Polar bear expedition goes to Bely Island

Polar bear expedition goes to Bely Island

11 August 2015

With the support of the Russian Geographical Society and the government of the Yamal-Nenets Autonomous Area, work has begun to study the Kara Sea-Barents Sea polar bear population on Bely Island and off the northern coast of the Yamal Peninsula. The polar bear is among the little-studied representatives of Arctic fauna. The level of our knowledge about different geographic polar bear populations is fairly inconsistent, as are our estimates of polar bear numbers in different parts of its habitat. A group of polar bear researchers from PBSG IUCN periodically provide estimates of various polar bear populations, including in the Russian sector of the Arctic. However, no data has been provided for the Kara Sea bear population for many years now. In this regard, a separate programme to study the Kara Sea-Barents Sea polar bear population in the area has been developed.


An expeditionary unit of the Russian Academy of Sciences permanent expedition for the monitoring of animals from the Russian Red Data Book and other rare species of Russian fauna, formed at the Severtsov Institute of Ecology and Evolution at the Russian Academy of Sciences and the Arctic interregional expeditionary centre,  will go to Bely Island. The research is supervised by Vyacheslav Rozhnov, head of the permanent expedition of the Russian Academy of Sciences, Director of the Severtsov Institute of Ecology and Evolution (RAS) and Corresponding Member of the Russian Academy of Sciences. All approvals by the Federal Service for Supervision of Natural Resources (Rosprirodnadzor), the Federal Service for Supervision in the Sphere of Telecom, Information Technologies and Mass Communications (Roskomnadzor) and Yamal-Nenets Autonomous Area border control have been obtained and everything has been agreed upon with the Arctic interregional centre, which is behind the comprehensive 2015 Arctic research expedition. The unit will have its logistical base at the Bely Island research station. According to recent polls conducted among the Arctic interregional centre’s employees and volunteers working on Bely Island, there are five to seven adult polar bears currently on the island, which means that the expeditionary unit’s endeavour has a good chance of success.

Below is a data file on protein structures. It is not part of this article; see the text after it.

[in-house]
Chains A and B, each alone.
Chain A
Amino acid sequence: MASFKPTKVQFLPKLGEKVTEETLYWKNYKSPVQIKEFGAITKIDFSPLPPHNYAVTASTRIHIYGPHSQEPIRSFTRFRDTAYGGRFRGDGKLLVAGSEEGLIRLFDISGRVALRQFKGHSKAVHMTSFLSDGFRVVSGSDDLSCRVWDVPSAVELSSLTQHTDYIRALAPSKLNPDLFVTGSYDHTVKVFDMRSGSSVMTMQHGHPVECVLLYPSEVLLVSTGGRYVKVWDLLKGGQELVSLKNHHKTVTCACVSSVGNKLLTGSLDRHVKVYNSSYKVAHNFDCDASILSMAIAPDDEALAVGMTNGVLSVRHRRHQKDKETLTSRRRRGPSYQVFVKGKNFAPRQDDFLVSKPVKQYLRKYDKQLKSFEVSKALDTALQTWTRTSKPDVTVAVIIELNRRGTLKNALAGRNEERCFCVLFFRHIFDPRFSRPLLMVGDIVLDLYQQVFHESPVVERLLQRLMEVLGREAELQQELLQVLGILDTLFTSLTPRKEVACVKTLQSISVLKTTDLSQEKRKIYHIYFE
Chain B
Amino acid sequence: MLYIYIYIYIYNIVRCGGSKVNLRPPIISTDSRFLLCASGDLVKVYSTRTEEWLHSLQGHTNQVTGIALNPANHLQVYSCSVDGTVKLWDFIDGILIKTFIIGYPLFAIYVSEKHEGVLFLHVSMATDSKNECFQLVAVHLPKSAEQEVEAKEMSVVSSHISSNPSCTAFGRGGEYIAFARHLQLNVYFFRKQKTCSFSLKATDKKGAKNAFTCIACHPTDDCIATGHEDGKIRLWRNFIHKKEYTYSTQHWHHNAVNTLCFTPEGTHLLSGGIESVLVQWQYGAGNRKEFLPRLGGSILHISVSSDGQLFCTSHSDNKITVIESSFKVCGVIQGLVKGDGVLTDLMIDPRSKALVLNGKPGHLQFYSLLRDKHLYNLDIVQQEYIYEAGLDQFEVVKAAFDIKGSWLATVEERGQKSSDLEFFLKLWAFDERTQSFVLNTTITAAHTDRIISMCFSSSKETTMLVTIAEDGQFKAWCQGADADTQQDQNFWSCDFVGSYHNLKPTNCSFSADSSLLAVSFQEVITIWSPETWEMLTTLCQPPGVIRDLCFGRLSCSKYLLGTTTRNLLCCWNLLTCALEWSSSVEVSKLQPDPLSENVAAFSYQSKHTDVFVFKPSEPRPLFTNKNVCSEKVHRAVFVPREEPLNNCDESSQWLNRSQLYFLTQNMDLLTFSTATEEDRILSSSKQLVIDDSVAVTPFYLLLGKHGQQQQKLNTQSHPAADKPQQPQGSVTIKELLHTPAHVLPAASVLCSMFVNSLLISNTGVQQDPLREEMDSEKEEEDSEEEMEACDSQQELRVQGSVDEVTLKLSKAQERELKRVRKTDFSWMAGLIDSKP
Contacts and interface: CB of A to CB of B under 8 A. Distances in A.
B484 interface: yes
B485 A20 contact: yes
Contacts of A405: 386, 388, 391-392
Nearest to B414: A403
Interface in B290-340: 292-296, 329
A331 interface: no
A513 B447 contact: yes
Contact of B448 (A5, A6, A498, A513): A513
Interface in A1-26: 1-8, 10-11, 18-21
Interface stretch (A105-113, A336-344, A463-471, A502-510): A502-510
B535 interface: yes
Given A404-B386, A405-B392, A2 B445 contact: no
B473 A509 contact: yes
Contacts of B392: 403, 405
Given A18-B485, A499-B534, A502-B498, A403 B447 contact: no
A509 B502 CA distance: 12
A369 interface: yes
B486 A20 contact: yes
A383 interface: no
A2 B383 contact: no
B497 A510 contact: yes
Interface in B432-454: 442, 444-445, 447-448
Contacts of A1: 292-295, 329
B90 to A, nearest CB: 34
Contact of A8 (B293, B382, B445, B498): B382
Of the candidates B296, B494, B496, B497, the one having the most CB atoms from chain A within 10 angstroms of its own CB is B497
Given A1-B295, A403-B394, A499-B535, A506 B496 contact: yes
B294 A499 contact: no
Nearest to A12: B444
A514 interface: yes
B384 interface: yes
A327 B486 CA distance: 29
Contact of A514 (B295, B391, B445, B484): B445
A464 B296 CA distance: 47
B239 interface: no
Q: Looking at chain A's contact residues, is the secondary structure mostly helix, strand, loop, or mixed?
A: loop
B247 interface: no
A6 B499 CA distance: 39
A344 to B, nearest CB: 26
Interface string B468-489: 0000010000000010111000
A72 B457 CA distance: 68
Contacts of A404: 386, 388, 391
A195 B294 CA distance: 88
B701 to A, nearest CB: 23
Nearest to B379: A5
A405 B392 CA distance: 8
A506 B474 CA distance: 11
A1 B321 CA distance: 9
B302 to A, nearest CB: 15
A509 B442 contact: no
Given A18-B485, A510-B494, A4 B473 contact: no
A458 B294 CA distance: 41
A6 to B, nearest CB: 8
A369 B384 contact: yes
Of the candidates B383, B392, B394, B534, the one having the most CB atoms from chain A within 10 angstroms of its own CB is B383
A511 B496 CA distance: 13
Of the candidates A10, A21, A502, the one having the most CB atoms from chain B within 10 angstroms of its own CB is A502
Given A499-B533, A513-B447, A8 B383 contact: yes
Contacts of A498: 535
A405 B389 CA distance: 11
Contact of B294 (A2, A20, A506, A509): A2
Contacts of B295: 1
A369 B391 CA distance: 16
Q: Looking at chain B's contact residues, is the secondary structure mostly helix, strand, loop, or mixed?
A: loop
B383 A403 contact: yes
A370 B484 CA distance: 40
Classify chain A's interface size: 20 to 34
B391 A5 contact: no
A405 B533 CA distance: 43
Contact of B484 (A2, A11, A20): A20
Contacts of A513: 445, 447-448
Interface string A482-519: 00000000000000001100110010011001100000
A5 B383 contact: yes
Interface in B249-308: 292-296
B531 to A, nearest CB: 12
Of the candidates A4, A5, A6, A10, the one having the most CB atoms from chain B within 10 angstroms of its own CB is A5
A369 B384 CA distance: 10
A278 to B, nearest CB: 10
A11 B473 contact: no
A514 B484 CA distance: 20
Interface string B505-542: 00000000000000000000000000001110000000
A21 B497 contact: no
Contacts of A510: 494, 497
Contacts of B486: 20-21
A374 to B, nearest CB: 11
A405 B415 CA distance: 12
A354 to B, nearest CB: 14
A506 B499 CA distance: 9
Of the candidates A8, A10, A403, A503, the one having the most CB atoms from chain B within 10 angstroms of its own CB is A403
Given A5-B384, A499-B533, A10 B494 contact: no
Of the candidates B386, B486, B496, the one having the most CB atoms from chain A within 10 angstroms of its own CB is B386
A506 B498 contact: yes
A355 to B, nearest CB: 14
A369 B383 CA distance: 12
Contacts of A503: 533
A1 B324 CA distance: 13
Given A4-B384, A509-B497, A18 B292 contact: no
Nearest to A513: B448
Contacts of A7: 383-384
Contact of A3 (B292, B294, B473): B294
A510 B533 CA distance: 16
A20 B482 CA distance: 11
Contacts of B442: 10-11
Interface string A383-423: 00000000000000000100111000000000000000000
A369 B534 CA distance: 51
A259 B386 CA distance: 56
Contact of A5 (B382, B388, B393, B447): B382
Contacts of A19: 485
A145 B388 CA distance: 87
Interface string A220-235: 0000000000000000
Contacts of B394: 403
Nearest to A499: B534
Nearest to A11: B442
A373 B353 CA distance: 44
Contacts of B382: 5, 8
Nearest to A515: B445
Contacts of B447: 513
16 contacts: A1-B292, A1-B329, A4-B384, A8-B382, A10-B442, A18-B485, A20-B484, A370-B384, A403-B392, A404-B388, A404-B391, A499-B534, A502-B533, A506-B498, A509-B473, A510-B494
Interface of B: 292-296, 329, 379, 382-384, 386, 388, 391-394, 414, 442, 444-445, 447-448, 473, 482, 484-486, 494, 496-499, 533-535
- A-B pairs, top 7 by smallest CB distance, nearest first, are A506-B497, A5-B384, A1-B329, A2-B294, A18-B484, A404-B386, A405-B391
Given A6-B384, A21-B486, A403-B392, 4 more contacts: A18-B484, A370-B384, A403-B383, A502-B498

The purpose of the expedition, to be held in August-September 2015, is to assess the current state of polar bear conservation and to develop a polar bear conservation strategy in the region to protect them against global warming and increasing human impact. The main goals of the expedition include evaluating the polar bear distribution off the Yamal coast and on Bely Island in summer and autumn, tagging polar bear females with Argos satellite collars to track their movements and activities, conducting biotelemetry studies of their reproductive biology, determining the dates the females hibernate, and identifying their den distribution onshore and on drifting ice. The work will also include collecting biological material to assess the genetic structure, diseases and the presence of contaminants in polar bears living off the Kara Sea, and studying the effects of natural and anthropogenic factors associated with the development of coastal and offshore hydrocarbon fields on the polar bear population.


The researchers will focus in particular on how to prevent conflicts from arising between humans and bears in a changing polar bear habitat and amid an increasing human presence in the Arctic.